They believe their launch of HABiT in Nelson couldn’t have come at a better time.

“More and more people want the reassurance of a building inspection from a highly trained and experienced professional to ensure there are no hiccups in the home buying or selling process,” says Tony.

“Our point of difference is that we are focused on solutions, not on problems. We want to help the agent, the seller and the buyer to identify possible problems and work with them to find a way through to a successful conclusion.”


Why should people use your services?

We are solution based; we come from a practical background being builders and we have competitive pricing amongst the rest. I have been self employed in the past and had up to 20 staff at one stage. This is definitely a nice change from running staff and just being myself.

Originally from Wellington, I jumped over the ditch about 6 years ago to Nelson. Coming up 12 months with Home and building inspection Team Nelson and it has been a nice change.

We have competitive pricing and the automated software we use helps us immensely. With our inspections we take up to two hours on site and then between 30mins and 1 to write up a report. We spend more time looking at the house not writing. With the automated system you don’t actually miss anything as you have a checklist so your memory is always jogged in each room as what to look for.We take photos in a lot of the areas as well. I have heard some of the others don’t get into the tight spaces You have to get into tight spaces to inspect and be used to walking on roofs etc.

What makes your skills and knowledge so important when inspecting a home?

I think just having a building background and understanding and knowledge of how things have been put together and constructed. I have a background in renovations and alterations in previous years. Doing that type of work gives you a great insight into what to look for e.g. dampness and rot and looking in the right areas. Domestic houses are my background and have spent many years projecting managing and running jobs.

What is it that you actually look for when doing a house inspection?

The key things are moisture in the roof spaces and wet areas in the bathroom and cracks and moisture around windows. A lot of it depends on the cladding of the house and also the era of the house. With the 80’s there were lots of products that failed and were not as good as they are now. A lot of particle board was put in and there was also asbestos around too. Having a knowledge of the different eras helps.

What type of houses are there in Nelson?

Nelson homes and buildings more

We get a lot of Stucco house in Nelson, more than I saw in Wellington. The houses are quite different in weather tightness with respect to coming from Wellington where you are used to horizontal rain and an earthquake zone where as in Nelson some of the houses wouldn’t stand 5 minutes in Wellington conditions. So you have to take into account the conditions of your own area as well. A lot of the flashing systems that were in place in Wellington aren’t seen or needed here.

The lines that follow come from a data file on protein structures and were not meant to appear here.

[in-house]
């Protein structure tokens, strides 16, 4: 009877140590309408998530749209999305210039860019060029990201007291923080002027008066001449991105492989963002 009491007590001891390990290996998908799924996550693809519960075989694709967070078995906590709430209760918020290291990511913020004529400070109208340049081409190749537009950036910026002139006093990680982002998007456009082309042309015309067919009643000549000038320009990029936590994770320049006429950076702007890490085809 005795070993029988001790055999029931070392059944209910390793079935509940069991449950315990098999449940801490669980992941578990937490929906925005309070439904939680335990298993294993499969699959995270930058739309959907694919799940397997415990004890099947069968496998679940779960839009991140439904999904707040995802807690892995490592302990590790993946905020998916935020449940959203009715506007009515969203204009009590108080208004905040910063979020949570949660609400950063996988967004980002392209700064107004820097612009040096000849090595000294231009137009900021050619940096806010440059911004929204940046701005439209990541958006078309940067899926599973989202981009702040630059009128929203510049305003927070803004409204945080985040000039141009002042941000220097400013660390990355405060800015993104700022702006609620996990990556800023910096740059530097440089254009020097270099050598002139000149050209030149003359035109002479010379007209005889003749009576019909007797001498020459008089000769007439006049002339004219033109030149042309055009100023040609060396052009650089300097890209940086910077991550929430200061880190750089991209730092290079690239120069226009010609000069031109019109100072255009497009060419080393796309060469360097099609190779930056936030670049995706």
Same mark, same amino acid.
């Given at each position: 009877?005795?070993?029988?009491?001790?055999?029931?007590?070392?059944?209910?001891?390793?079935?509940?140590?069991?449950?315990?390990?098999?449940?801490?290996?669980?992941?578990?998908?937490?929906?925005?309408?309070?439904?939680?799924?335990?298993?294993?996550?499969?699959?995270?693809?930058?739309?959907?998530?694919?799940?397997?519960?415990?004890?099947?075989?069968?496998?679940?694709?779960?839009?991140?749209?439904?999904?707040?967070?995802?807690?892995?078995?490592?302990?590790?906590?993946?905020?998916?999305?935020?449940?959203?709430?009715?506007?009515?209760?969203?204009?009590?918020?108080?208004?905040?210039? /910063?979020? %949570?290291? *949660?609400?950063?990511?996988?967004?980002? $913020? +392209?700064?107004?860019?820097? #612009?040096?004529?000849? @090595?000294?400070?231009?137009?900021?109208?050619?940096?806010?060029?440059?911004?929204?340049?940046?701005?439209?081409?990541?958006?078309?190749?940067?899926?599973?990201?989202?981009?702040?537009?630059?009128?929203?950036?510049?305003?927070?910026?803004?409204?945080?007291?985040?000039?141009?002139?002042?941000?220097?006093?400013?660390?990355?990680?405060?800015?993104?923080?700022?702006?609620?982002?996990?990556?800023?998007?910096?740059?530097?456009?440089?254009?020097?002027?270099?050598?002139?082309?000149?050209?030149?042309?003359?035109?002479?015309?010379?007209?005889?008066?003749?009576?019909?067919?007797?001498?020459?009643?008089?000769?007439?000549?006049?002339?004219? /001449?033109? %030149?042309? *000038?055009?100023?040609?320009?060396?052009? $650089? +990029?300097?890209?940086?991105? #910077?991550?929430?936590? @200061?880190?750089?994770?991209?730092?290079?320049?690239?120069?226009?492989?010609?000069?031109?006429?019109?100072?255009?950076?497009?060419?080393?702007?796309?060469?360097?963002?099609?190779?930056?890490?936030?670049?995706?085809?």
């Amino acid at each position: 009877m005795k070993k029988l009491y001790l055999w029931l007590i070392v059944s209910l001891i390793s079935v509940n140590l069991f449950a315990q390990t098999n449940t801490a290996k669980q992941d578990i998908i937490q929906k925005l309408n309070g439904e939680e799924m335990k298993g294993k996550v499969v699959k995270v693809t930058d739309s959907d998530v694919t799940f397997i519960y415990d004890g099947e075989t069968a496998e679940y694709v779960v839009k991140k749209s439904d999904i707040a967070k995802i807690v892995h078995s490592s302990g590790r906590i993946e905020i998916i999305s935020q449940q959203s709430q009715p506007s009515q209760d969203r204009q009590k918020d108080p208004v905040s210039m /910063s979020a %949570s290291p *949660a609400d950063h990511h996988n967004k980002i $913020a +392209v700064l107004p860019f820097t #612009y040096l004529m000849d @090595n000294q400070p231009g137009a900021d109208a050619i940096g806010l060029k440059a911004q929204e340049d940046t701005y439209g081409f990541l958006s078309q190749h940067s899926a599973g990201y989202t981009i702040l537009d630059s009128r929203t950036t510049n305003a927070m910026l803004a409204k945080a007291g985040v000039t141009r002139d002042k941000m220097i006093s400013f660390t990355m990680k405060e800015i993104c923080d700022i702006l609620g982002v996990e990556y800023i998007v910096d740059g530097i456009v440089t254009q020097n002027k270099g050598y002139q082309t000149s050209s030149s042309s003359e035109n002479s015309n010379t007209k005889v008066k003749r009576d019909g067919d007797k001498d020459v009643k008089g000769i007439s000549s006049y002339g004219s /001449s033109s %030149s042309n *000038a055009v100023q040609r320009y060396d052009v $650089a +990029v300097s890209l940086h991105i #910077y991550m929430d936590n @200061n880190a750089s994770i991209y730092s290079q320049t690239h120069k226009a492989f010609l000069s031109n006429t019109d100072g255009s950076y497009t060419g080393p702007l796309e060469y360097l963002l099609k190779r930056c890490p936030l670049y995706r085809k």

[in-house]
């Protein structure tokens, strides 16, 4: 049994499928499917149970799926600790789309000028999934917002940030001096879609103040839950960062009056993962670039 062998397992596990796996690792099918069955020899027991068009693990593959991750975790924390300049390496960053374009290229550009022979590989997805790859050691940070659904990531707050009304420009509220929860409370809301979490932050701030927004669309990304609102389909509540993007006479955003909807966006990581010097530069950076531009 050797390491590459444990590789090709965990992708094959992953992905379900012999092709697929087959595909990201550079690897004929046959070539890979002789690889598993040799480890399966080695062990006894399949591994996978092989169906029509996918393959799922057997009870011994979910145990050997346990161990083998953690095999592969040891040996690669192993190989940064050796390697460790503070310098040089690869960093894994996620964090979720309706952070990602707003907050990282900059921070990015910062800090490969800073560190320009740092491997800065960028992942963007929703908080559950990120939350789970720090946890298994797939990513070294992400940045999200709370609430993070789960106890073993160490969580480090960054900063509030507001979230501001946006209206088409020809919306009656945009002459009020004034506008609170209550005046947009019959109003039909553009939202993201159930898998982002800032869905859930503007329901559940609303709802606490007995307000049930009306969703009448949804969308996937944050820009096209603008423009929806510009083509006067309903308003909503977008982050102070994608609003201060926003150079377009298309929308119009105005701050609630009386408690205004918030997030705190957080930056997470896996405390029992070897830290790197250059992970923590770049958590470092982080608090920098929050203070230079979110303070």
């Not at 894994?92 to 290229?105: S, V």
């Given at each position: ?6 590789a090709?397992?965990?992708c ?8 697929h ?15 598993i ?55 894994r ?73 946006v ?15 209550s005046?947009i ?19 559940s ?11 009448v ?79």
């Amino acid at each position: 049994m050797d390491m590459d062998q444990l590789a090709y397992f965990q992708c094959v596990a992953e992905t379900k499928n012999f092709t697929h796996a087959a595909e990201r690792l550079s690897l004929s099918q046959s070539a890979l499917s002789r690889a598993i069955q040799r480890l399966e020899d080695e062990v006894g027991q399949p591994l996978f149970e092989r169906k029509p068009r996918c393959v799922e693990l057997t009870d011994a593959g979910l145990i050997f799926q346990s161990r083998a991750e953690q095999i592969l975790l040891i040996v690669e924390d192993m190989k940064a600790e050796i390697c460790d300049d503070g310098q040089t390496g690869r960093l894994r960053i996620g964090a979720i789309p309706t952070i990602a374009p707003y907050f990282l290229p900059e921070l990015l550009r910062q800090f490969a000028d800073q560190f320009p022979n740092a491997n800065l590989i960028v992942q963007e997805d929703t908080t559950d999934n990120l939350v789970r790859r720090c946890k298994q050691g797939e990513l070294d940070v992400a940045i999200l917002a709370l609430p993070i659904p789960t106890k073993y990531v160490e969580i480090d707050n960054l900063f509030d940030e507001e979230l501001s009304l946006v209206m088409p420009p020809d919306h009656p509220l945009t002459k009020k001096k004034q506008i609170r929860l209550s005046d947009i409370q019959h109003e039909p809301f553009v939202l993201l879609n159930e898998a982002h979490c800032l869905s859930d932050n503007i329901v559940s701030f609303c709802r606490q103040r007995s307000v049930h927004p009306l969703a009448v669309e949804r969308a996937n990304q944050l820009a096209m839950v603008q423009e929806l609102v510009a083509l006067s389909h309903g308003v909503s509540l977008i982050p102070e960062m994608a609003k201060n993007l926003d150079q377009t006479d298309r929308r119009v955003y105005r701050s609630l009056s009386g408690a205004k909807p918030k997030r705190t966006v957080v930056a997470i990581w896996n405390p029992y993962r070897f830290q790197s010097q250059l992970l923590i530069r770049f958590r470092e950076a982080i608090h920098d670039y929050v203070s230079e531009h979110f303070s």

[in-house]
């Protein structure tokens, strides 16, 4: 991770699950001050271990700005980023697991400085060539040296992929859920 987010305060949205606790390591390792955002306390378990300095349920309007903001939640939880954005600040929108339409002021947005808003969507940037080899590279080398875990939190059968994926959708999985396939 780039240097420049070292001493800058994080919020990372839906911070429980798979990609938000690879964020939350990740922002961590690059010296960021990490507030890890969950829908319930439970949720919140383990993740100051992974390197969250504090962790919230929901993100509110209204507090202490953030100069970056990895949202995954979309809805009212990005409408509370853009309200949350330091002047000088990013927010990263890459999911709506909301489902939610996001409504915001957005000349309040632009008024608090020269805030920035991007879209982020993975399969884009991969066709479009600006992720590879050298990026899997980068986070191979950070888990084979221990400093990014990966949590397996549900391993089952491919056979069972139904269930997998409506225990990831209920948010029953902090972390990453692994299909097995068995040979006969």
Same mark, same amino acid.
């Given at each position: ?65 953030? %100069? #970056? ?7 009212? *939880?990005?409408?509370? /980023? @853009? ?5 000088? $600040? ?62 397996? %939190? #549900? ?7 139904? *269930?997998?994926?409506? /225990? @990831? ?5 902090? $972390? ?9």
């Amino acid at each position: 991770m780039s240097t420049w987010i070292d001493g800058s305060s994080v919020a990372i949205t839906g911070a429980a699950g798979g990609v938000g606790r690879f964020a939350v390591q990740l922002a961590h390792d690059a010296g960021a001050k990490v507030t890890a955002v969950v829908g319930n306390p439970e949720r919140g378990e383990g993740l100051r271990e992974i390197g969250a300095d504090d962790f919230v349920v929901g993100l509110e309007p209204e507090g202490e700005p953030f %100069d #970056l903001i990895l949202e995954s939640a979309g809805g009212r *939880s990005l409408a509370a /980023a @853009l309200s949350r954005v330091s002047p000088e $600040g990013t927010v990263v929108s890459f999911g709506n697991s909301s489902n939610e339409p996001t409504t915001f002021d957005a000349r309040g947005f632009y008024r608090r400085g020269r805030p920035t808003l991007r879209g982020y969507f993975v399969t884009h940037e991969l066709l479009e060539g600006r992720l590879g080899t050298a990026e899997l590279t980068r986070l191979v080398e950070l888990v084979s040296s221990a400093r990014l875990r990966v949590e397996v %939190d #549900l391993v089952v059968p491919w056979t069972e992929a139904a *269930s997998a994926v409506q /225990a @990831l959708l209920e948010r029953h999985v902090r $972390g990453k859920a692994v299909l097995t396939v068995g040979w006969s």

Are they up with the Council code?

Yes of course they are up with the regulations at the time we get alot of those questions. A lot of builders go and say well they don’t meet the codes but they obviously met the codes at the time of construction which is what we are looking at and the time of the renovation.

You have been building for how many years?

About 25 years and my father for a few more than that 45-50 years he’s been at it so combined there is a lot of knowledge base there. My father lives an hour and a half away but he looks over all my reports so I have another experienced eye looking over them, checking up and looking for things I have missed.

What is your current team? Do you have a network i.e. plumbers,electricians?

Previously I had a building company so I know a lot of sub trades that I have used and can refer on to customers. In Nelson there are a lot of buyers from outside the region who don’t have that sort of support or local knowledge base so they appreciate the knowledge and rapport I have with the specialised fields. I have some idea after being through a few houses as to what to look for and what doesn’t look right or is out of place. Looking out for old/new fuses and looking out for the black rubber. You see Ducks quest a lot as it has been used frequently in Nelson. It is a black pipe used in the 80’s which is now a faulty product.The name is written on it. An insurance company may not insure your property if this piping is present. Home owners may not know it is there as you wont see it unless you are in the ceiling or floor space. Bits can be replaced but it is best to replace the whole lot.Its good to get it look at if you have concerns it may be in your house especially if you are paying for water usage as the pipes can burst at anytime.

Nelson homes buildingsWhich areas in Nelson do you cover?

My territory is Lewis Pass to Farewell Spit. I cover Atawai, Richmond, Golden Bay, Tanated Lakes Motueka and Tahunanui lot of work in Nelson, Richmond and Motueka.

Why do people need to use a building inspector?

Well its like buying a car - you get an AA report. I don’t know anything about cars so I get an aa report so that I know it is going to be safe and sound. House inspections are pretty much the same. Piece of mind and satisfaction that you have someone who has expertise in the field. You get a written report that is easy to read and a lot of those reports get forwarded on to lawyers etc and come quite handy in the negotiation process when it comes to the remedial work that is needed as it is all highlighted. The banks are also getting into looking for reports. With conveying lawyers, banks and insurance companies the reports are becoming very popular. In Nelson even the real estate agents are noting the growth in building inspections in general, some even go as far as telling their clients they should get one before they purchase a property.